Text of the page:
MoFi & Music Direct

I was out of audio, teaching and making art, for almost 12 years (2003–2014). During that time, on-line retailer Music Direct acquired the rights and relit the ancient Mobile Fidelity Sound Lab torch. Now both brands are burning more brightly than ever. I picked up the new ½"-thick Music Direct Catalog at CES and it reminded me ever so much of an audiophile version of the soft-porn Bruce Weber created for the Abercrombie & Fitch catalog. The Music Direct catalog (#16) has Grace Slick and Janis Joplin on the cover and tons of crazy (almost-naked) gear inside! I can't stop looking.

More importantly, MoFi is now making record-playing machines—really nice ones—and cartridges too! Over decades, MoFi has re-mastered countless wonderful and popular LP recordings and pressed them on the quietest vinyl. However, stubbornly, I usually preferred the "authenticity" (warts and all) of the originals—so, I was never MoFi's biggest customer.

At CES I changed my viewpoint. MoFi's Senior Mastering Engineer, Shawn Britton, gave a little tutorial and demonstration of the exotic "one-step stamper" process. When he played Carlos Santana's Abraxas album, which had been created by this tedious, unpredictable, very-limited-edition method, I was beyond stunned. For the first time in my way long life, I felt like the music I was experiencing was more original and authentic than the original "hot-stamper" version.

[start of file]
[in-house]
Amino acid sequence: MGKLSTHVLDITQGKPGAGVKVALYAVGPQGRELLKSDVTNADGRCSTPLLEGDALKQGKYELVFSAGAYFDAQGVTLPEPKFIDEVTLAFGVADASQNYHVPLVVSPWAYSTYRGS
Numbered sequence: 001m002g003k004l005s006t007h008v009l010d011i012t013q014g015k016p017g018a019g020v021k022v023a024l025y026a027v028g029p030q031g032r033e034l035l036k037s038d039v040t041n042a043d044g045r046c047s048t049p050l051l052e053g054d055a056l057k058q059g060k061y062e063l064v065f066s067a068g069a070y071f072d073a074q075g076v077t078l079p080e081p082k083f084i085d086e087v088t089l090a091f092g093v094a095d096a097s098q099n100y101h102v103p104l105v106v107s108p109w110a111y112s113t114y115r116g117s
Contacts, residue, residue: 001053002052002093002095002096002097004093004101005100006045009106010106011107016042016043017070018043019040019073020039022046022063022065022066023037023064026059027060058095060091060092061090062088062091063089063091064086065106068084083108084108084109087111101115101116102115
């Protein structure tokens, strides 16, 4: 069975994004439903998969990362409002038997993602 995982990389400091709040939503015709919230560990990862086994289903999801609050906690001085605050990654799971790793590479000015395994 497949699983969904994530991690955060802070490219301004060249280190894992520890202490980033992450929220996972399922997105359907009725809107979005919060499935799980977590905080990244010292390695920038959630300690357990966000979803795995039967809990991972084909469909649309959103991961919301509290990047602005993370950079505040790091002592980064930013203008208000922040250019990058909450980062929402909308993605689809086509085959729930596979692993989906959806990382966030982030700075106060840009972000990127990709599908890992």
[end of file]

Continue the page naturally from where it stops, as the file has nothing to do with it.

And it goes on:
Hearing this "one-step stamper" Abraxas was a paradigm shift in what I believed possible from reissues. Usually, I hate that the remastered versions of records I love no longer sound like the records I love. They are like over-restored '57 Chevys. Not this Santana. What I experienced felt and sounded like a fresh '57 Chevy (Abraxas) that had been untouched since 1957—and just had 50+ years of dust and bird-droppings air-blasted and rinsed off with a pressure washer! Santana's second studio album sounded clean, clear, very open, and un-tampered with. The artistic affect of Carlos' creation was 100% intact and 100% accessible. I could feel his music like a shot to my veins. Please forgive me if I am late to the remastering prom, but now, all I want is more! Bravo MoFi!

What I am saying is: I just experienced a remastered, reissued version of a record I bought the day it came out (September 1, 1970), and it sounded more like what my memory says the album is than all the incarnations I have experienced previously. Moreover, the MoFi's people were making this happen—not with a $30k+ turntable—but with a ready-to-play $1995 record player! They were playing Santana's masterpiece on the better of their two new affordably priced MoFi turntables: the "UltraDeck+" which costs only $1995, set up and ready-to-play with a pre-mounted "UltraTracker" moving-magnet cartridge. I was extremely impressed.

The main products in the new MoFi record playing line are: The StudioDeck turntable ($999) with a 10" arm, a Delrin platter, and an inverted main bearing; The Studio Deck + with a pre-mounted MoFi StudioTracker cartridge ($1149); The UltraDeck (S1799 with MoFi's special "Little Feet" and, the UltraDeck+ described above. Separately, there are three moving-magnet cartridges: The Studio Tracker with an elliptical stylus and a polymer body ($299), the UltraTracker, with a nude elliptical stylus and an aluminum body ($599), and the MasterTracker with a micro-linear stylus, aluminum body, and PCOCC coils ($899). Sign me up.

Glotz's picture

They care. End of story.

Audiolad's picture

It's easy to jump in the turntable market at the low end with a Chinese built turntable. However, to jump into the entry level audiophile market has a considerable amount of competitors. They are built in the US which is also uncommon. They like simplicity that works, and so do I!